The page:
The explanation I had from my friend is that it had to do with using the breath to move the weight. I don't get it myself... My point in mentioning this is that there isn't just one paradigm for how the body works. You can get a professional athlete who uses his body everyday at peak performance levels and then have them try a something like this and they won't be able to do it. Anyway, I am not an expert on this at all but I am sure it goes beyond a nice relaxed and integrated movement.

Walter Martindale
03-18-2009, 03:28 PM
The explanation I had from my friend is that it had to do with using the breath to move the weight. I don't get it myself... My point in mentioning this is that there isn't just one paradigm for how the body works. You can get a professional athlete who uses his body everyday at peak performance levels and then have them try a something like this and they won't be able to do it. Anyway, I am not an expert on this at all but I am sure it goes beyond a nice relaxed and integrated movement.

Oh. It's second hand. Get Vlad to show you this and explain it. I'm sure you'll find that he did nothing magic...

George S. Ledyard
03-19-2009, 02:43 AM
Oh. It's second hand. Get Vlad to show you this and explain it. I'm sure you'll find that he did nothing magic...

One of the things I read in Ushiro Sensei's latest book was a statement to the effect that the belief that one understands something is the death of learning.

I'm sure you are right, Walter, there's nothing special going on here. So don't bother to check it out since you clearly already know what it's about.

Walter Martindale
03-19-2009, 03:58 AM
One of the things I read in Ushiro Sensei's latest book was a statement to the effect that the belief that one understands something is the death of learning.

I'm sure you are right, Walter, there's nothing special going on here. So don't bother to check it out since you clearly already know what it's about.

Oh. Ouch. Sorry - I have the misfortune of having some training in research and skepticism, so when I "hear" stories about amazing feats my bull___ detector starts going off. I still don't really know how to do Ikkyo - and most of the rest of Aikido is very confusing to me - I'm only a shodan and I'm only starting to understand just how confusing Aikido is..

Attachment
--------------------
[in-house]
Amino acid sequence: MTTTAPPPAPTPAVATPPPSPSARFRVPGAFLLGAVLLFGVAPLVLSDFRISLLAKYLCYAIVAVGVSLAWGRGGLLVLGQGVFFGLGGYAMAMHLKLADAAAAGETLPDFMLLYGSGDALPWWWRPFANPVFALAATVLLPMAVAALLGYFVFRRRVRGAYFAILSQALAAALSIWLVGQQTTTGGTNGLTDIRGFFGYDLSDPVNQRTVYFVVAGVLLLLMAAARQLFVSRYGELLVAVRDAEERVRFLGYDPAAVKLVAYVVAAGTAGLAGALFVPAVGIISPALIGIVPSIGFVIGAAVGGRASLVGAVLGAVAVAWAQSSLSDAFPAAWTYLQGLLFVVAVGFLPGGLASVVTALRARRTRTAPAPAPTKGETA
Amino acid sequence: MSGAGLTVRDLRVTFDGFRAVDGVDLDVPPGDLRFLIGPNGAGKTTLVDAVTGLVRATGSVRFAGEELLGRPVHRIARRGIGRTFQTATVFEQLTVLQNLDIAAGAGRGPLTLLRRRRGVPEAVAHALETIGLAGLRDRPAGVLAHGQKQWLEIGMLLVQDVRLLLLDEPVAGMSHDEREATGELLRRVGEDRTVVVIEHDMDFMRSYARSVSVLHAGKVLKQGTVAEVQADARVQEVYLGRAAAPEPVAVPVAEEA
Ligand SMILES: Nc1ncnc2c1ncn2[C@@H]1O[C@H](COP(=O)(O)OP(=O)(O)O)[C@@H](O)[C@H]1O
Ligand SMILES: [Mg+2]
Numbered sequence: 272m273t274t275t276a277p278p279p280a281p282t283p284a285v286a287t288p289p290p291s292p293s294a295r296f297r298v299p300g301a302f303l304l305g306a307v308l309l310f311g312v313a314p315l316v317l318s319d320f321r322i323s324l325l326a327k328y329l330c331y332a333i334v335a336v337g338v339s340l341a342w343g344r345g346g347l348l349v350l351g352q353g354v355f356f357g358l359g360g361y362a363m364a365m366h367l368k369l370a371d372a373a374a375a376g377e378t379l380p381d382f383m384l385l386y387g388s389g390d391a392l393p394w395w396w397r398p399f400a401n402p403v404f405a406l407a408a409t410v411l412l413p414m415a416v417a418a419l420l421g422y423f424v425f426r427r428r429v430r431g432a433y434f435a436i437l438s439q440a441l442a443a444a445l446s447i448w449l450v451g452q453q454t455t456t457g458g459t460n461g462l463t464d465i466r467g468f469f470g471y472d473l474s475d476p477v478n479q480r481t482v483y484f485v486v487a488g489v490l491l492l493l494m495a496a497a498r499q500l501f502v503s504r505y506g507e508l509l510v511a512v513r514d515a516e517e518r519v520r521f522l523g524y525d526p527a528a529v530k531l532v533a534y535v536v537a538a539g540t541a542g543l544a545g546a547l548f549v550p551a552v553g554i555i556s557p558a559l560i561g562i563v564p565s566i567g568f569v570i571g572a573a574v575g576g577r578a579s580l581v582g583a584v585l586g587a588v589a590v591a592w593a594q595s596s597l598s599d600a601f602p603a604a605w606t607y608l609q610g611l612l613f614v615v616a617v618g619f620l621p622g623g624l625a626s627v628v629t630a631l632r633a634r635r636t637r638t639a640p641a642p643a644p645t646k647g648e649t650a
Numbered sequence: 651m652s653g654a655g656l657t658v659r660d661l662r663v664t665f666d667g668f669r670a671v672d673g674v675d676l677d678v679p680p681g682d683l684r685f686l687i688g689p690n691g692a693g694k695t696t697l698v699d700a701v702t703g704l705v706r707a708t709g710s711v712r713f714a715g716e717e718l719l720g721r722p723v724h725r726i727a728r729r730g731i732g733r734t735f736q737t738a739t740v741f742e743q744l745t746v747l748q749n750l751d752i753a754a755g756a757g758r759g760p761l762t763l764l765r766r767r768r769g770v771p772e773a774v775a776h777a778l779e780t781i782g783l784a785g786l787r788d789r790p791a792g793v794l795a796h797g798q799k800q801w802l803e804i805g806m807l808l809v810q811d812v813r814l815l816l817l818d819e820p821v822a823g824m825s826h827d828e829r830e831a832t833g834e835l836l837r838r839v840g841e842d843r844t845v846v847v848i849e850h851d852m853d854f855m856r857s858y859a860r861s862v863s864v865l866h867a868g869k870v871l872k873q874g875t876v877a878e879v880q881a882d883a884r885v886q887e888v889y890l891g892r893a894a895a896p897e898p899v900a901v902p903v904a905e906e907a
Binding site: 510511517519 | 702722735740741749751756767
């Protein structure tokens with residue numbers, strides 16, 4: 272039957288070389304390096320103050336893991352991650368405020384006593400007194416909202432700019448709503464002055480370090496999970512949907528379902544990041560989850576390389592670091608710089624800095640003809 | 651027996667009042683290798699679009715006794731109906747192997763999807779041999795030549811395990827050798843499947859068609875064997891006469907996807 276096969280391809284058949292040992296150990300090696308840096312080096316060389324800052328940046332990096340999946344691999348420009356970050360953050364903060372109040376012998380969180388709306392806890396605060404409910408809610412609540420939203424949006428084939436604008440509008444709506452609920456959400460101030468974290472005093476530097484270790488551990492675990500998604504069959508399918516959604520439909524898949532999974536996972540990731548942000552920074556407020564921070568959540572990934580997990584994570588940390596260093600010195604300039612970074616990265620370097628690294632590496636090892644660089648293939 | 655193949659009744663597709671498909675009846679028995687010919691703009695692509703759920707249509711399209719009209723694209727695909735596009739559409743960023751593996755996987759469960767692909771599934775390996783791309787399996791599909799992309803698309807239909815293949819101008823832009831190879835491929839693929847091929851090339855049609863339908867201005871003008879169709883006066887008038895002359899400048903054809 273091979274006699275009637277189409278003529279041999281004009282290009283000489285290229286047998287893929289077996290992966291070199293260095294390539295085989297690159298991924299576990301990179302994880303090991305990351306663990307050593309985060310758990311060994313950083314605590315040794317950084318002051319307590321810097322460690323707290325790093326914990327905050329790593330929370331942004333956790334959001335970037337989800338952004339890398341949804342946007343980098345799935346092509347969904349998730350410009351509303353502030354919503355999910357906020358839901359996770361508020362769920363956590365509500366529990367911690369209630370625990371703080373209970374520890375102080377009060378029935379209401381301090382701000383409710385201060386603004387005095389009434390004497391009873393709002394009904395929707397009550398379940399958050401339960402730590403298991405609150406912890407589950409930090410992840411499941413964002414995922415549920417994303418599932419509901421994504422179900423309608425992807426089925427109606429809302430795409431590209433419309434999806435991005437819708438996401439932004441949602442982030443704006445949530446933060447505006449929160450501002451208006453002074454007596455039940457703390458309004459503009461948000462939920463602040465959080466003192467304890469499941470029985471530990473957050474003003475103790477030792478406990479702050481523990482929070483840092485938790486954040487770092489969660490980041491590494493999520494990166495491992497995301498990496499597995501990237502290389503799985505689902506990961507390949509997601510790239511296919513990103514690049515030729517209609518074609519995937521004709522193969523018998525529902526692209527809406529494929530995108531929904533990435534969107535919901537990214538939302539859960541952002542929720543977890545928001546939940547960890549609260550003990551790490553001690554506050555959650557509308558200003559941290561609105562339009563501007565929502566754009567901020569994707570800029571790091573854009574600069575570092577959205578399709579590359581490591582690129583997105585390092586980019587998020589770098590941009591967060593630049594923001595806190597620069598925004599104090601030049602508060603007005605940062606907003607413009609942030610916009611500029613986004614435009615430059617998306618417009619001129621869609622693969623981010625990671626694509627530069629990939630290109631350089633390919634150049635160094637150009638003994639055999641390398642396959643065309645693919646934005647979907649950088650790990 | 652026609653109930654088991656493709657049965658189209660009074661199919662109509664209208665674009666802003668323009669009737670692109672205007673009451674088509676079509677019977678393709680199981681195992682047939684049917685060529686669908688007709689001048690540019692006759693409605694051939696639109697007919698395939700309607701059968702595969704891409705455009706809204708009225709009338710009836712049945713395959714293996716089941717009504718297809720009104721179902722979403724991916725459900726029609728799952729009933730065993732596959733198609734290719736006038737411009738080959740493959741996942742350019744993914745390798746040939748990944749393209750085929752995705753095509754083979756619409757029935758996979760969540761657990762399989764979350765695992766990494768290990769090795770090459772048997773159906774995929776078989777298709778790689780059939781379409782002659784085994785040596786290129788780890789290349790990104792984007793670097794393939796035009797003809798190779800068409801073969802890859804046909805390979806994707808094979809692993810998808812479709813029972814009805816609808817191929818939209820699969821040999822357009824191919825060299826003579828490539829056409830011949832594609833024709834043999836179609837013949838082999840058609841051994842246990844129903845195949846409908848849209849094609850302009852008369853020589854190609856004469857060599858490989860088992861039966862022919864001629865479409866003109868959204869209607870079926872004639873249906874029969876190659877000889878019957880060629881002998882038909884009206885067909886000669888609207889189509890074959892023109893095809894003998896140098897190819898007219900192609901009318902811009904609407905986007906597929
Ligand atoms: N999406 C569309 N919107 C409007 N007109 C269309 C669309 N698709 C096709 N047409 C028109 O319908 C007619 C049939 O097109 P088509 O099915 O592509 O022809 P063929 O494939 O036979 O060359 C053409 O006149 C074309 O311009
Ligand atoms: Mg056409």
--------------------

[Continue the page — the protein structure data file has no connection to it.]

I'm not sure how I can possibly check out something that happened in the US from way down here on the shore of Lake Karapiro. There's an explanation for everything. I don't claim to have the explanation, but this Vlad fellow is still a human being made of the same sorts of molecules bundled in similar ways to you and me.

His nerves transmit signals by depolarising along their length, accelerated by the myelin coating on the nerve. Muscles contract thanks to a depolarisation, some calcium dumping in to the muscle fibress, an interaction between ATP, myosin and actin (and a whole lot of stuff that I don't understand). His bones are made of a bunch of stuff including calcium... Some of the big differences between people is how they've grown up and the experiences they've had. The systema guys move in ways I don't understand - there's nobody around here practices that stuff - I haven't seen any of it since I lived in Edmonton 5 years ago, and my background may be incompatible with learning that - I _think_ I'm starting to get sensitive to what uke and nage are doing, but I also know very well that I'm only barely scratching the surface of understanding what's going on in Aikido - let alone trying to wrap my tiny little mind around systema training, too.

I don't know what Vlad was doing but I'm sure that it can be explained. A point, though is that neither of us witnessed this two-fingered feat of lifting, so neither of us know what happened except by what your friend said. Sorry if I've come across as a know-it-all - I don't know it all, but I very much doubt that what Vlad did was anything that couldn't be learned given the right teaching/coaching.

If I ever get to the Seattle area again (e.g., for Opening Day regatta at UW) let's meet for practice and some Anchor Steam (if you drink SF beers).
Truce?
Walter

George S. Ledyard
03-19-2009, 05:28 PM
Oh. Ouch. Sorry - I have the misfortune of having some training in research and skepticism, so when I "hear" stories about amazing feats my bull___ detector starts going off. I still don't really know how to do Ikkyo - and most of the rest of Aikido is very confusing to me - I'm only a shodan and I'm only starting to understand just how confusing Aikido is..

I'm not sure how I can possibly check out something that happened in the US from way down here on the shore of Lake Karapiro. There's an explanation for everything. I don't claim to have the explanation, but this Vlad fellow is still a human being made of the same sorts of molecules bundled in similar ways to you and me.